Compare and conquer

Experimental comparisons of methods, technology platforms or reagents are time-consuming and expensive, but hugely beneficial. An Editorial in the April issue of Nature Methods illustrates how such comparisons have been very useful for scientists in various research disciplines. Nature Methods has now adopted an article format called ‘Analysis’ to accommodate publication of such comparative analyses. Broad guidelines of what the editors will be looking for are provided in the April Editorial.  Read more

Proteomics data deposition to public repositories

Starting in March, Nature Methods strongly recommends deposition of proteomics data to public repositories before manuscript submission. An Editorial in the March issue describes the motivation of this decision and comments on the public repositories that are now available to proteomics researchers.  Read more

Research in situ, where it is most needed.

The Global Theme Issue on Poverty and Human Development went live today: 235 scientific journals coordinated the publication of articles specifically addressing issues related to human condition in poverty-stricken areas. This initiative was spearheaded by the Council of Science Editors and the full list of articles can be found on their web site. A special event was hosted at the US NIH on the occasion of the coordinated publication.  Read more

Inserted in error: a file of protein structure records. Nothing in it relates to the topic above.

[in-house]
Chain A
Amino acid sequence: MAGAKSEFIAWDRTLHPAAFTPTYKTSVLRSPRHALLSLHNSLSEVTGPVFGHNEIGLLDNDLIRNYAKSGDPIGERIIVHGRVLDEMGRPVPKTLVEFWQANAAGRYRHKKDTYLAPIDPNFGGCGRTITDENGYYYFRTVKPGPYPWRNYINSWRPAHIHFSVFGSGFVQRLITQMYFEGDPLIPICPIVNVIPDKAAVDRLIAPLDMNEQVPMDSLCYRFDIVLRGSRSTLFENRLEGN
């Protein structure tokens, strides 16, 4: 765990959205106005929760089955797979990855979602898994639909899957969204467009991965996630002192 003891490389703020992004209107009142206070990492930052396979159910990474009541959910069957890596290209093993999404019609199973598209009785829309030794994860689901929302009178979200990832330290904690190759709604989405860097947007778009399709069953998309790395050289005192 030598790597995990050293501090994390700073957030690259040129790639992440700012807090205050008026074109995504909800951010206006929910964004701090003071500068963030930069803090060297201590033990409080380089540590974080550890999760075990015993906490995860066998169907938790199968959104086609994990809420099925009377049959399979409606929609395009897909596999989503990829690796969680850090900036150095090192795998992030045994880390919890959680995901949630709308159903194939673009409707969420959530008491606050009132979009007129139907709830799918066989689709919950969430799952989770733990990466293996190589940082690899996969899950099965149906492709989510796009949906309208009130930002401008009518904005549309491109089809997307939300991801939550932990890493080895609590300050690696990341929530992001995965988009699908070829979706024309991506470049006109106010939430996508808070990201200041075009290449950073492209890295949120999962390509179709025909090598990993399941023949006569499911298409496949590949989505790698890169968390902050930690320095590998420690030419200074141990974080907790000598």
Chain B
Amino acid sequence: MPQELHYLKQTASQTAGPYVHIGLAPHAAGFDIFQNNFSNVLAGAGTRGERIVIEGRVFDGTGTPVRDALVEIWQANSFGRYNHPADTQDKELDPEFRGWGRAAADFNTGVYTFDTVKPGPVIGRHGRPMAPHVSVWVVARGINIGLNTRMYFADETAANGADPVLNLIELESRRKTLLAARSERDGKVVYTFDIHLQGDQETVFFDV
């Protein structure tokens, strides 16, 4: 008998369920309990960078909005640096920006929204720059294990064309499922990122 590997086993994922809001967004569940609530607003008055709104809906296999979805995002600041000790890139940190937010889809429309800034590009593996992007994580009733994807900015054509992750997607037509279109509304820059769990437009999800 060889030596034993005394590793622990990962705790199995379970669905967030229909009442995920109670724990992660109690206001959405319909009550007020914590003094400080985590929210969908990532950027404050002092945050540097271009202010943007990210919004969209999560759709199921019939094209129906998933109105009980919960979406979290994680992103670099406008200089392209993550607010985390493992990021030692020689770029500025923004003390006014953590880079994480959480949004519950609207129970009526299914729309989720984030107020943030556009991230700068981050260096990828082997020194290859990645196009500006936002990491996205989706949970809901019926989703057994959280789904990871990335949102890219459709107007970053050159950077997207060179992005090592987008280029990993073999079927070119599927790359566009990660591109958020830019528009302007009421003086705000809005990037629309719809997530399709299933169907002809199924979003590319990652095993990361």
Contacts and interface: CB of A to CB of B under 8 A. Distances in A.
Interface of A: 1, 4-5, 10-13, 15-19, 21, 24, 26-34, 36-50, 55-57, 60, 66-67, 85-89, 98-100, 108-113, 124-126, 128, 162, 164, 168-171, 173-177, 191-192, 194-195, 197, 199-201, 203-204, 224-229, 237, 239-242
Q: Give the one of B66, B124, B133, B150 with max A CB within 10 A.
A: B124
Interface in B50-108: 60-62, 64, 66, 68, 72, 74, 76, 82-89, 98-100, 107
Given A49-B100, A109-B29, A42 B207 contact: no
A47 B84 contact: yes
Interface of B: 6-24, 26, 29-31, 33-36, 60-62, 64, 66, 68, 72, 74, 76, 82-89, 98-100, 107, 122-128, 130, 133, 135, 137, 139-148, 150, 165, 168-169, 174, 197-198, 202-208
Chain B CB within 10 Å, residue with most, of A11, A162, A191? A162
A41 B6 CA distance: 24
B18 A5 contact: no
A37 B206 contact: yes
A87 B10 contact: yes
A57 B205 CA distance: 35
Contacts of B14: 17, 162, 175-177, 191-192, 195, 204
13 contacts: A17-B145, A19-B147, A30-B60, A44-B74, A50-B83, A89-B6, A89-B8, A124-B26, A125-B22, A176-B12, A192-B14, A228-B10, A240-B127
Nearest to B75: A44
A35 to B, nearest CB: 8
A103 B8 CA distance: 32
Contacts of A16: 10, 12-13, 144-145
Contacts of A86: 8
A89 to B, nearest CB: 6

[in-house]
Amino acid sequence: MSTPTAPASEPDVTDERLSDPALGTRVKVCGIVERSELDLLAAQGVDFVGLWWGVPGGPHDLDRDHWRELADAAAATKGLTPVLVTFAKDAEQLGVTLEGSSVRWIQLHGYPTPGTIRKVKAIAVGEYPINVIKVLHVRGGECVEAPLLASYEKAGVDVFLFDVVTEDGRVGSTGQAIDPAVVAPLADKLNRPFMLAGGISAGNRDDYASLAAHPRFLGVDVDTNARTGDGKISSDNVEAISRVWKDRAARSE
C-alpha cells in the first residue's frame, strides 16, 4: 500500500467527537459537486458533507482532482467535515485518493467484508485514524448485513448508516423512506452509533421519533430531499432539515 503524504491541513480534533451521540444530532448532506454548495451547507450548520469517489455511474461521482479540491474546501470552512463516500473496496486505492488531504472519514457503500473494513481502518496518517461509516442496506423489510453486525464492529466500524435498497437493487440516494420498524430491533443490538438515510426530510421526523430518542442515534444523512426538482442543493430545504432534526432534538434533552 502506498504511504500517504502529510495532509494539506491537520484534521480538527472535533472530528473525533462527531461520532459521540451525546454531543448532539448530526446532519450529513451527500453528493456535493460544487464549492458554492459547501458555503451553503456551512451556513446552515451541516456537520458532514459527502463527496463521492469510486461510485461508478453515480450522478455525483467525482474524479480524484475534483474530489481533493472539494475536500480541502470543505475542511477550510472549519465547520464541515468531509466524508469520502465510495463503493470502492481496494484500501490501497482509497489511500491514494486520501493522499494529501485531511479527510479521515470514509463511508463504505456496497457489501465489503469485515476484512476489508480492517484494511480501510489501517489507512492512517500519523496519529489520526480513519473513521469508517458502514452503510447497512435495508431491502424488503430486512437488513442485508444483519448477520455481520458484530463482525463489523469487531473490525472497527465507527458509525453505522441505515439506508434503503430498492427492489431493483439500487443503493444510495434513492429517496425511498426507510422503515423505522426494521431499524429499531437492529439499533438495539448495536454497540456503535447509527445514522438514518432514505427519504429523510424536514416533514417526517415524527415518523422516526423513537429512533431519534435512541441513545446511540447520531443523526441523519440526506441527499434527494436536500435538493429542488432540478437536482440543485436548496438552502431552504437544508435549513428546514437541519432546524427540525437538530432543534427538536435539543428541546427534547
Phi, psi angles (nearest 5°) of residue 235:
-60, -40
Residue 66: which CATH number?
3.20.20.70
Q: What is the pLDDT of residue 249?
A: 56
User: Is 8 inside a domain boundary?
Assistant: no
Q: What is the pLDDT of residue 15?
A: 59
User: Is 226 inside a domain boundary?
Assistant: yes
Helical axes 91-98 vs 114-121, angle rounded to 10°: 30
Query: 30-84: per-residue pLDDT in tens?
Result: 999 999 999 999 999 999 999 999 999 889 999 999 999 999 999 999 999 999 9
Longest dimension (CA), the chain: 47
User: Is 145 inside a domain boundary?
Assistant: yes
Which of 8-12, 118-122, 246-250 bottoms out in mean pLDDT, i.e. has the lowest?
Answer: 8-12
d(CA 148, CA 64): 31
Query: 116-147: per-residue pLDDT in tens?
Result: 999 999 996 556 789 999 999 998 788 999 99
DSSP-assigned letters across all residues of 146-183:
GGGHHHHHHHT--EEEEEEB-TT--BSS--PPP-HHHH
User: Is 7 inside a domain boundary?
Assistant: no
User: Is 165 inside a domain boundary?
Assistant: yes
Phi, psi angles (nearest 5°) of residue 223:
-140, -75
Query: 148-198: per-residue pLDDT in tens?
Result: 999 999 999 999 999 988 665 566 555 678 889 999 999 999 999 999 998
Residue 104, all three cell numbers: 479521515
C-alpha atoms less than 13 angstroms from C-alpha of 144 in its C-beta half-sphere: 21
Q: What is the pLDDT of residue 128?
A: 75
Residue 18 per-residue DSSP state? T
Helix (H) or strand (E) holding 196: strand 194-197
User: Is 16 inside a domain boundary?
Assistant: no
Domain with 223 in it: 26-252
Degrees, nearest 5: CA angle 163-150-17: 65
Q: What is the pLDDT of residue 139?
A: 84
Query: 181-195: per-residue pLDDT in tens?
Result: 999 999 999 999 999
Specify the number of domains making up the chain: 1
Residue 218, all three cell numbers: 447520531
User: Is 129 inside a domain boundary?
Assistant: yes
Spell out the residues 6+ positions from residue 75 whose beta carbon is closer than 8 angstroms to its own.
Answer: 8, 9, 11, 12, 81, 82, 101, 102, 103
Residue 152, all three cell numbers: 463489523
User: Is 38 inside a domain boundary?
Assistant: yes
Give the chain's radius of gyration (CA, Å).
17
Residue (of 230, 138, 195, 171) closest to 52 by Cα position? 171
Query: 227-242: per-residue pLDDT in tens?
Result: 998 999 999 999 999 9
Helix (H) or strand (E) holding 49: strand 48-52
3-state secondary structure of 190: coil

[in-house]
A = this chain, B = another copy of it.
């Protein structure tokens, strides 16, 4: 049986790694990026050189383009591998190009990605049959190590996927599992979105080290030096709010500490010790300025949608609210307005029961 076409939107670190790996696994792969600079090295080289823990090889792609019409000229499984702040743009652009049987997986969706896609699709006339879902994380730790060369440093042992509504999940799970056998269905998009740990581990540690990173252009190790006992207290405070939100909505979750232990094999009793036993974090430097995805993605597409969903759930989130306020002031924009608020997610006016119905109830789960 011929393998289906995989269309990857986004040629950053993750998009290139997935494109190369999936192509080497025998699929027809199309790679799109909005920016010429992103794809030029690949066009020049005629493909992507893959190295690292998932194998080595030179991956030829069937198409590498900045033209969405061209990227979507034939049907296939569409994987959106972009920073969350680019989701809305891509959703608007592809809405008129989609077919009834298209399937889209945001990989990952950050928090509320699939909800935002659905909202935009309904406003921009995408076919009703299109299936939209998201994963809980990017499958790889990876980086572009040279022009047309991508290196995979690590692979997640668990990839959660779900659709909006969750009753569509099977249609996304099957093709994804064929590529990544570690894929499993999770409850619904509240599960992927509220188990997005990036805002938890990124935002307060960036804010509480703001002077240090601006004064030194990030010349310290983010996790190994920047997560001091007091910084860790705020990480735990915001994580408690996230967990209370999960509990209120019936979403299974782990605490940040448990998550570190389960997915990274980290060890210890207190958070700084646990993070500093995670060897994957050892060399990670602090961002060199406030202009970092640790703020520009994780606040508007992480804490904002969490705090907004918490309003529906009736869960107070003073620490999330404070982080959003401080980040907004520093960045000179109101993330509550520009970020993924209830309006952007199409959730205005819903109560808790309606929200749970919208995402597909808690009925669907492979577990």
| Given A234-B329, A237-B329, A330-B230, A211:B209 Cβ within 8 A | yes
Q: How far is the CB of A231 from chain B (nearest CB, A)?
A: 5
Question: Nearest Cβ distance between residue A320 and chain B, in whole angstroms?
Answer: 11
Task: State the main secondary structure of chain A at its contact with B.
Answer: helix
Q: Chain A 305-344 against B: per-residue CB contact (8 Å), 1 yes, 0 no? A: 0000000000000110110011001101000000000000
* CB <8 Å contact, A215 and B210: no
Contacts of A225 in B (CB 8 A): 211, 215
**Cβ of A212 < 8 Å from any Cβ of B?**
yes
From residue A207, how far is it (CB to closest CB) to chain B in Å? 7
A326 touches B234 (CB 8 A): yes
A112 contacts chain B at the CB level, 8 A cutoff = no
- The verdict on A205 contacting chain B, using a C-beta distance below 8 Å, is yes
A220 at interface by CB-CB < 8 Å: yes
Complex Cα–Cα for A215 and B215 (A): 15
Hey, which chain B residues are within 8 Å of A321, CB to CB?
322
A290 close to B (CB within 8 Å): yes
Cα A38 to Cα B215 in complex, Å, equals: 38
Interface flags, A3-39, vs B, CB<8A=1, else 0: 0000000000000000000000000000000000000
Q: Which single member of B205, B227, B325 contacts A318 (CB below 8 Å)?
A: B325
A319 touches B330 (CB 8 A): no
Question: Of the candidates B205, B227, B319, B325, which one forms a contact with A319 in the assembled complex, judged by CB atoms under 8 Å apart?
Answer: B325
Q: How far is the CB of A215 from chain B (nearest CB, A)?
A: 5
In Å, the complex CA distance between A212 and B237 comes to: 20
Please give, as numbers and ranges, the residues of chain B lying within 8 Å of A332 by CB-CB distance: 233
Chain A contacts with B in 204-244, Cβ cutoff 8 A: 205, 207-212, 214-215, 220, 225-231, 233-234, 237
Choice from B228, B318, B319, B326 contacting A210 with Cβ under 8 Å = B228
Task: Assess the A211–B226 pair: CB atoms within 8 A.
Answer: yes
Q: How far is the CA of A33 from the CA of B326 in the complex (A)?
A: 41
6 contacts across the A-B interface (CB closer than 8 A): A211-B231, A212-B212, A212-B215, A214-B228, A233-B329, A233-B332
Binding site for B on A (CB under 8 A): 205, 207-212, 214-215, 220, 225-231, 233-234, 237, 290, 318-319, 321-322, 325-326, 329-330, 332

No faulty-gene carrier need apply

A bill designed to prohibit discrimination based on genetic information in terms of health insurance and employment is awaiting a vote in the US Senate. There have been several similar but ultimately unsuccessful legislative attempts over the past 12 years. It is crucial that this bill be enacted into law to address a public fear likely to limit patient access to predictive genetic testing and to discourage participation in genetic research.  Read more

Staff picks

In an editorial in the July issue, we suggest some recent popular science books that would make a nice summer read and hope that summer will not be the end of it. To keep you going, here are an extended list of older books, including some of our favorites and some of the genre classics. The list was assembled with the kind advice of editors, scientists and science writers.  Read more